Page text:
A vibratory member 19, which I haveshown inthe form or a spring arm, is mounted at one end on a suitable support 20, which has a slot 21 for receiving the spring arm 19 in a tight lit. The arm 19 is longitudinally adjustable in slot 21, andv m y be regulated in any suitable way-for in- 110 stance, by adjusting either of the supports 12 and relatively to the other.
The spring arm 19 carries a tiny mirror 23, which is attached to the face of the arm by cement or in any other practical'way. It is evident that the transmission ratio between the crystal 10 and mirror 23 depends upon the distance of the mirror from the effective pivot point fective length of arm 19, the degree of amplification (or reduction) of the mirror movements may be regulated to obtain the best results in any given case. -When a variable potential is impressed on crystal 10 by electric impulses produced in circut 13, the crystal vibrates in the direction of its length, and thereby actuates the resilient arm 19 and the attached mirror 23.
A photo-electric cell or any practical construction is diagrammatically indicated at 24 and has the usual electrodes 25 and 26. The electrode 25 represents the anode of the cell and is usually in the form of a grid, while the electrode 26 is the cathode which is constructed of (or coated with) light-sensitive material adapted to emit electronsin the operationof the cell. There are various makes of photo-electric cells on the market, and their construction is well understood. In one form of cell known to the public, the cathode consists of a plate carrying a deposit of alkali metal which has the property of releasing electrons in accordance with the amount or intensity of light that strikes the cathode at any instant. In other words, the output of the cell depends upon the degree of illumination impressed upon .the cathode.
The mirror 23 and cell 24 are so arranged that a beam of light from a lamp 2'? falls on the mirror and is reflected upon cathode 26, as indicated by lines 28. Condensing lenses 29 concentrate the light from the lamp 27 as a spot on mirror 23 and electrode 26. The lamp 27 is preferably an electric bulb of proper constant light intensity, but any other suitable source of illumination may be employed. It is clear that, when the mirror 23 vibrates, the amount of light thrown on cathode 26 is correspondingly varied. The cathode 26 is connected by a conductor 30 to the grid 31 of an amplifier tube V; which also has the usual filament 32 and plate 33. A battery A heats the filament, and a battery B feeds the plate circuit, which includes an operative coil 34. In the present instance, the coil 34 represents theprimary of a transformer T, the secondary 35 of which con-, trols or operates suitable mechanism R. When my invention is used for sound recording, the mechanism R represents any practical construction of recording tool adapted to be operated by current impulses in the secondary coil 35. When the sounds that actuate the transmitter 17 are 1 to be broadcast, mechanism R.may be regarded as diagrammatically representing suitable broadcasting or radio receiving apparatus. A battery 36 is connected at the positive pole to theanode 25 of photo-electric cell 24, and the negative side I of the battery is connected to the filament 32 of The operation of the sound-transmitting system above described will be clear to those familiar ror 23, which represent the transmitted sound,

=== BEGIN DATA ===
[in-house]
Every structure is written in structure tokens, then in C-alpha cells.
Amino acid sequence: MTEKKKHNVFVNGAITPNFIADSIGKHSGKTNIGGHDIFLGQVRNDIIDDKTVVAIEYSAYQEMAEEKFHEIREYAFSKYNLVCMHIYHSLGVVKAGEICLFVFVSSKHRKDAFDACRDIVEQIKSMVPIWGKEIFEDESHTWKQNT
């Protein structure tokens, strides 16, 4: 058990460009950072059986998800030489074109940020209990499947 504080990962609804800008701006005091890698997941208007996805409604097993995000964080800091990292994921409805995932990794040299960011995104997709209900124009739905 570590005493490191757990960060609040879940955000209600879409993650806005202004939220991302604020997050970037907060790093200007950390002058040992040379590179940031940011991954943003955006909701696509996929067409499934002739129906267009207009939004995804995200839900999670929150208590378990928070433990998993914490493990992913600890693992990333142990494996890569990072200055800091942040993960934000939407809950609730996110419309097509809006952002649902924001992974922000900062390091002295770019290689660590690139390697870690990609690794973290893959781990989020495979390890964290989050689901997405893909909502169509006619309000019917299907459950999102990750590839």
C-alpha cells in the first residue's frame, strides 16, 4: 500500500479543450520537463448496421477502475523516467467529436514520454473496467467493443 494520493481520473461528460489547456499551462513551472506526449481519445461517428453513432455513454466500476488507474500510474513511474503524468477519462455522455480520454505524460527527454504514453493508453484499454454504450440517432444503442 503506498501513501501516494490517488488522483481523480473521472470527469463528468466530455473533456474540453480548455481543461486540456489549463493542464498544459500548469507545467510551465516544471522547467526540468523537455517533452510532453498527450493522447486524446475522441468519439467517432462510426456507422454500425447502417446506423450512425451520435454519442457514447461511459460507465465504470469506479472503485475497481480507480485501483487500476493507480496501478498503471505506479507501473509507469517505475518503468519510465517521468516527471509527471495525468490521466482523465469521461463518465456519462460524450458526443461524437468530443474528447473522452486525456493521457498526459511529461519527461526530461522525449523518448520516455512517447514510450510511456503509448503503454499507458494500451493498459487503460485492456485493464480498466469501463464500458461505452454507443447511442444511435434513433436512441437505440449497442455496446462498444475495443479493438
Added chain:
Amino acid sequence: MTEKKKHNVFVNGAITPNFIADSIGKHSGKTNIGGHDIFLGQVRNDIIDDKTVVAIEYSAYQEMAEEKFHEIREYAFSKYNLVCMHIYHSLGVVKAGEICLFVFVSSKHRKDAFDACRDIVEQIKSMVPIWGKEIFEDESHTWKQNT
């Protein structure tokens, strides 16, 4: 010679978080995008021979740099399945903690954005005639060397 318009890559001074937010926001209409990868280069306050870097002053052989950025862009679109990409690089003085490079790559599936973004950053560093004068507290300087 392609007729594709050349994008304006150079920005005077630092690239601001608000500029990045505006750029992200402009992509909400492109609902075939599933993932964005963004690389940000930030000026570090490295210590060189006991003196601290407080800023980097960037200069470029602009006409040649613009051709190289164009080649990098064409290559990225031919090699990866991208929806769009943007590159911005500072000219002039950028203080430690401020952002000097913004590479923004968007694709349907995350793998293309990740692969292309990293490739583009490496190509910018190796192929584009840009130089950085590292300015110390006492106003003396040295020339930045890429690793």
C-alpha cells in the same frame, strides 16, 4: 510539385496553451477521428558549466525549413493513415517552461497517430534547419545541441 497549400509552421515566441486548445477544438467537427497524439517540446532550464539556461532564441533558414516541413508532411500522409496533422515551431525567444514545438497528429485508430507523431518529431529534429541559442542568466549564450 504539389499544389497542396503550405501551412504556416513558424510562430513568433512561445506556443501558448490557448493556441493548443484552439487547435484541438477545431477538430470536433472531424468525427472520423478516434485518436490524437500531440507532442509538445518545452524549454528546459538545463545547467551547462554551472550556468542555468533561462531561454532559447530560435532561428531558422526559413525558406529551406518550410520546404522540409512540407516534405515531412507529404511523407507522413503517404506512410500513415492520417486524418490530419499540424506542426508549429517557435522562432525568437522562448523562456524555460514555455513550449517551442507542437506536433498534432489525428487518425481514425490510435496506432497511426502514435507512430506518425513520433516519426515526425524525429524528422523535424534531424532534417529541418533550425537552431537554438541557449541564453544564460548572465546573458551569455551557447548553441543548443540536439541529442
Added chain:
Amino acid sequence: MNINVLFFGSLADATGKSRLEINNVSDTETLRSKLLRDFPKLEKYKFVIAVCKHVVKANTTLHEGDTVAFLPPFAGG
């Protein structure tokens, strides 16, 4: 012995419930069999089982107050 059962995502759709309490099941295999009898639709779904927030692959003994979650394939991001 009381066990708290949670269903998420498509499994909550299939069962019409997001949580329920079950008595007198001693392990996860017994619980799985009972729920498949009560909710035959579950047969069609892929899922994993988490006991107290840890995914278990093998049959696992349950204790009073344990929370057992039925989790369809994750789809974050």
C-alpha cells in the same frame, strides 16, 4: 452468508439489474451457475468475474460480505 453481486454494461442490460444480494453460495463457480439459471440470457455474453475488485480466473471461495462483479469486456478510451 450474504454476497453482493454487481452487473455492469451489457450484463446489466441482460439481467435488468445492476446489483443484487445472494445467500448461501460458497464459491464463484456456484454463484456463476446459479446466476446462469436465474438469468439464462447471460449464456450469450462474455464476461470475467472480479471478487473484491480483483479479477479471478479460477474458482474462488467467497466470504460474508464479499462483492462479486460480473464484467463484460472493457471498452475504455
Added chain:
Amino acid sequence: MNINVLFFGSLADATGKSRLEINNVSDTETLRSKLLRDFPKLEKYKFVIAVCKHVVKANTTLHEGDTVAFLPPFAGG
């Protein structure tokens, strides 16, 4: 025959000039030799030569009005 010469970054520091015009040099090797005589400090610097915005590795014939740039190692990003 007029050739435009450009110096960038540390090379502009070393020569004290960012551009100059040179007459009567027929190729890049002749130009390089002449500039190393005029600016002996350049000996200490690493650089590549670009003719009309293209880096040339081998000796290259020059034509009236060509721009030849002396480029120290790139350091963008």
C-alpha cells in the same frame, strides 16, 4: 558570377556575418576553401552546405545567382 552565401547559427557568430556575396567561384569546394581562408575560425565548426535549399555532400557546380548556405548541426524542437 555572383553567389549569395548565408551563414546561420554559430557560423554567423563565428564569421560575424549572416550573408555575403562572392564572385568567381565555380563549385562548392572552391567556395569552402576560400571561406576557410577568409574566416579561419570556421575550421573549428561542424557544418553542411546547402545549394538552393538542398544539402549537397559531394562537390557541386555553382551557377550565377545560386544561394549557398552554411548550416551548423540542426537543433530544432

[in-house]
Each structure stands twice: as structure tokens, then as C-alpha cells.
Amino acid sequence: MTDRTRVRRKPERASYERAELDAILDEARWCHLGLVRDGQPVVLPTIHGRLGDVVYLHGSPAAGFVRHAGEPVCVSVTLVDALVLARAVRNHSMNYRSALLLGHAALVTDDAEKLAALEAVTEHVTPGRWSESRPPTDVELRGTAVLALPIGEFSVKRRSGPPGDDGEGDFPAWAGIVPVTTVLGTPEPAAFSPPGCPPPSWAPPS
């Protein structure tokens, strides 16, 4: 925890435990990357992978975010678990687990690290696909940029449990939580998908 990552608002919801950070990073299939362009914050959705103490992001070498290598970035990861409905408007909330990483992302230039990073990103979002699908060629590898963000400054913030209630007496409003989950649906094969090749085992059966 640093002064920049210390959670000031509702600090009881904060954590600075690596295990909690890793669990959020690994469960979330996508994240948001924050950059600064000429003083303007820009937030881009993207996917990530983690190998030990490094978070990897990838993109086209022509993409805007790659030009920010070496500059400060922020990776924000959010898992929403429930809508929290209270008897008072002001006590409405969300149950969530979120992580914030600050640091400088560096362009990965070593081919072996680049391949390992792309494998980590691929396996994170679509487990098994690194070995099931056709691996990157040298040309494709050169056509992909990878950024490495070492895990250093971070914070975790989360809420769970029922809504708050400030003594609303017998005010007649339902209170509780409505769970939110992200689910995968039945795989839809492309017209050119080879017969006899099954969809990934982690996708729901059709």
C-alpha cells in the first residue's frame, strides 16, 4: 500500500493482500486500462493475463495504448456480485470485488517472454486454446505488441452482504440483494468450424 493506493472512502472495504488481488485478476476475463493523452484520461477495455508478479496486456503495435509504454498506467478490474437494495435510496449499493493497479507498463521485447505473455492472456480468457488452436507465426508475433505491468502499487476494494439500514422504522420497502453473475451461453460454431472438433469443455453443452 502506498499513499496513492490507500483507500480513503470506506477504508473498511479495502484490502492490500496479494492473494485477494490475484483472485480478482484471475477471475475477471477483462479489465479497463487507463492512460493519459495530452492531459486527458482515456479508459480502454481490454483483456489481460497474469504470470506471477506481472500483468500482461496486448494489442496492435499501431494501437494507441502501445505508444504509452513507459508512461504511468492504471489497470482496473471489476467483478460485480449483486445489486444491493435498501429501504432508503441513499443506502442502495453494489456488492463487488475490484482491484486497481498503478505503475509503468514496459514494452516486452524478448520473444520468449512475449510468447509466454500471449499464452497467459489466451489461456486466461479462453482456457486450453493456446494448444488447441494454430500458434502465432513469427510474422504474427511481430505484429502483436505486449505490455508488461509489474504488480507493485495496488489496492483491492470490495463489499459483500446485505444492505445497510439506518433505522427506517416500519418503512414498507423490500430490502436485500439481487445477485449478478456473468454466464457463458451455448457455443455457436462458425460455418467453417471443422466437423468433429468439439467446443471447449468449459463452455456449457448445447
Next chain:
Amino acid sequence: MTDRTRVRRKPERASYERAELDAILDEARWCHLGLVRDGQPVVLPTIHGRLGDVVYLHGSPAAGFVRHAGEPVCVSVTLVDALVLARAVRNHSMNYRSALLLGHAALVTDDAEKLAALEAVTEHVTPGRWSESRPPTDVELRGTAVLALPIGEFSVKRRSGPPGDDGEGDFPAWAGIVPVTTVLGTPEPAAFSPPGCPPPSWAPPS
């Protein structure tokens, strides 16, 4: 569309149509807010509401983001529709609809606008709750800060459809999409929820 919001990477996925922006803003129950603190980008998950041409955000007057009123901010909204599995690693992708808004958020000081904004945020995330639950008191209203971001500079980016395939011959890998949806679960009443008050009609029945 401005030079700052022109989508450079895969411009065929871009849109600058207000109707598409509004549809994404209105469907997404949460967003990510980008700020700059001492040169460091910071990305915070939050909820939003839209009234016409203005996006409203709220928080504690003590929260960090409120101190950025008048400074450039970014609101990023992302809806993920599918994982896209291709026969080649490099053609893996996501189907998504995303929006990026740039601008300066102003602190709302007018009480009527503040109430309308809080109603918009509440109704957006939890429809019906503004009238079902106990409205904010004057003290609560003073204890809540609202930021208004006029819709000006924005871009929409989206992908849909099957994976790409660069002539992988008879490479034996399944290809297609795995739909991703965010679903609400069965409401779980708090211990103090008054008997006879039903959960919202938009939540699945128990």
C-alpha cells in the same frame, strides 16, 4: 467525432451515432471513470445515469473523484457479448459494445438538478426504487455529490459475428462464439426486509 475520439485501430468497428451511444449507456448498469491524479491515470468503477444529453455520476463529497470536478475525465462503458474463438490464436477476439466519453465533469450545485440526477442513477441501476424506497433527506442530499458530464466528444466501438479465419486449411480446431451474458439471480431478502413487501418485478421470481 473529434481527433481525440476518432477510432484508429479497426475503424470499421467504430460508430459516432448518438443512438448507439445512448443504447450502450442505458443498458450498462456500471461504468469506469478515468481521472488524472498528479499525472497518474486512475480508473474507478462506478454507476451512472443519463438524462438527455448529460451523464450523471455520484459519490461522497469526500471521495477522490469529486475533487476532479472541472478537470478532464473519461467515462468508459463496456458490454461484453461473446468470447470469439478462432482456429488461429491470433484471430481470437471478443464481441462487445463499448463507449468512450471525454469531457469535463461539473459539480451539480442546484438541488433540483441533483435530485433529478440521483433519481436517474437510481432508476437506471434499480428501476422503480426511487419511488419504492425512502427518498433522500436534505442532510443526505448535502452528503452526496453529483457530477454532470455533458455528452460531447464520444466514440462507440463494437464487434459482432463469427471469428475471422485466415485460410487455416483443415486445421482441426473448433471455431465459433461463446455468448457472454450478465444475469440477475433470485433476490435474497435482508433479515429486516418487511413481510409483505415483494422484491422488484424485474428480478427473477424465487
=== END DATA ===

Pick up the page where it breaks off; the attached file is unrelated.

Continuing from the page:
vary the quantity of light falling on cathode 26, The result is a corresponding change in the electronic output of the cell, whereby theresistance of the circuit of battery 36 is varied. The effect of this is to vary the potential on grid 31, which controls the current impulses in the plate circuit of tube V, as will be understood without further explanation. Therefore, the minute mechanical movements of crystal 10 are ultimately translated into current impulses in coil 35 sufiicient to operate a recording tool, a loudspeaker, or any other practical device.